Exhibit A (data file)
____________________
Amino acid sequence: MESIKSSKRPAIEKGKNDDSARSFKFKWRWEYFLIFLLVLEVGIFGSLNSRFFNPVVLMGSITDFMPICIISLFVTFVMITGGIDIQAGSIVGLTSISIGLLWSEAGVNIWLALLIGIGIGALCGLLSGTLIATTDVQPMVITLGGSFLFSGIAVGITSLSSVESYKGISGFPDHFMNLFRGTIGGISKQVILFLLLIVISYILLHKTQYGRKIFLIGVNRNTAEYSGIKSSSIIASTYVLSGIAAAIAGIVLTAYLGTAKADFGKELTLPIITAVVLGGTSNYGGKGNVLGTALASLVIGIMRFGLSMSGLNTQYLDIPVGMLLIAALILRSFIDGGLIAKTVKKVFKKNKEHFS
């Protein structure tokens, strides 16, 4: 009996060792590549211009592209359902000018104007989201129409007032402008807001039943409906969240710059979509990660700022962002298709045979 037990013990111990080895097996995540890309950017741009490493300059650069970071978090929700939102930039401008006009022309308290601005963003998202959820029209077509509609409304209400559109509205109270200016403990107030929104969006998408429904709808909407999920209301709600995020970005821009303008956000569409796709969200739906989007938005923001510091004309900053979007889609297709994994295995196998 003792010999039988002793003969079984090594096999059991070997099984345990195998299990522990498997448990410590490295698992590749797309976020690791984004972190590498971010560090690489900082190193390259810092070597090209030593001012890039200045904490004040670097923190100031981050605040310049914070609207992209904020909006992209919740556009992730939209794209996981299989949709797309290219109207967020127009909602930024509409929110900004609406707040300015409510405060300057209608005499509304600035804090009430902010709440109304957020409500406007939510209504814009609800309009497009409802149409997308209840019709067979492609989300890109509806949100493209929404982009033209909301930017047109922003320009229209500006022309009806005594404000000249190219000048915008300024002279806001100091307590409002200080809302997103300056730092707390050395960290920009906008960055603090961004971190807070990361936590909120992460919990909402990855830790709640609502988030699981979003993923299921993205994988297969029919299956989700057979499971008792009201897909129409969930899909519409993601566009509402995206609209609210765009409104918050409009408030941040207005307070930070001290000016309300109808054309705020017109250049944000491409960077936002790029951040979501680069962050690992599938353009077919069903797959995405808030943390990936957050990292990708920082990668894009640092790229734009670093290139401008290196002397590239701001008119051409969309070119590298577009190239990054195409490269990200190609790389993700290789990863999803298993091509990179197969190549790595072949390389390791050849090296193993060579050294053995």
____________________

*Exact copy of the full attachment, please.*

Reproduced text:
Amino acid sequence: MESIKSSKRPAIEKGKNDDSARSFKFKWRWEYFLIFLLVLEVGIFGSLNSRFFNPVVLMGSITDFMPICIISLFVTFVMITGGIDIQAGSIVGLTSISIGLLWSEAGVNIWLALLIGIGIGALCGLLSGTLIATTDVQPMVITLGGSFLFSGIAVGITSLSSVESYKGISGFPDHFMNLFRGTIGGISKQVILFLLLIVISYILLHKTQYGRKIFLIGVNRNTAEYSGIKSSSIIASTYVLSGIAAAIAGIVLTAYLGTAKADFGKELTLPIITAVVLGGTSNYGGKGNVLGTALASLVIGIMRFGLSMSGLNTQYLDIPVGMLLIAALILRSFIDGGLIAKTVKKVFKKNKEHFS
């Protein structure tokens, strides 16, 4: 009996060792590549211009592209359902000018104007989201129409007032402008807001039943409906969240710059979509990660700022962002298709045979 037990013990111990080895097996995540890309950017741009490493300059650069970071978090929700939102930039401008006009022309308290601005963003998202959820029209077509509609409304209400559109509205109270200016403990107030929104969006998408429904709808909407999920209301709600995020970005821009303008956000569409796709969200739906989007938005923001510091004309900053979007889609297709994994295995196998 003792010999039988002793003969079984090594096999059991070997099984345990195998299990522990498997448990410590490295698992590749797309976020690791984004972190590498971010560090690489900082190193390259810092070597090209030593001012890039200045904490004040670097923190100031981050605040310049914070609207992209904020909006992209919740556009992730939209794209996981299989949709797309290219109207967020127009909602930024509409929110900004609406707040300015409510405060300057209608005499509304600035804090009430902010709440109304957020409500406007939510209504814009609800309009497009409802149409997308209840019709067979492609989300890109509806949100493209929404982009033209909301930017047109922003320009229209500006022309009806005594404000000249190219000048915008300024002279806001100091307590409002200080809302997103300056730092707390050395960290920009906008960055603090961004971190807070990361936590909120992460919990909402990855830790709640609502988030699981979003993923299921993205994988297969029919299956989700057979499971008792009201897909129409969930899909519409993601566009509402995206609209609210765009409104918050409009408030941040207005307070930070001290000016309300109808054309705020017109250049944000491409960077936002790029951040979501680069962050690992599938353009077919069903797959995405808030943390990936957050990292990708920082990668894009640092790229734009670093290139401008290196002397590239701001008119051409969309070119590298577009190239990054195409490269990200190609790389993700290789990863999803298993091509990179197969190549790595072949390389390791050849090296193993060579050294053995």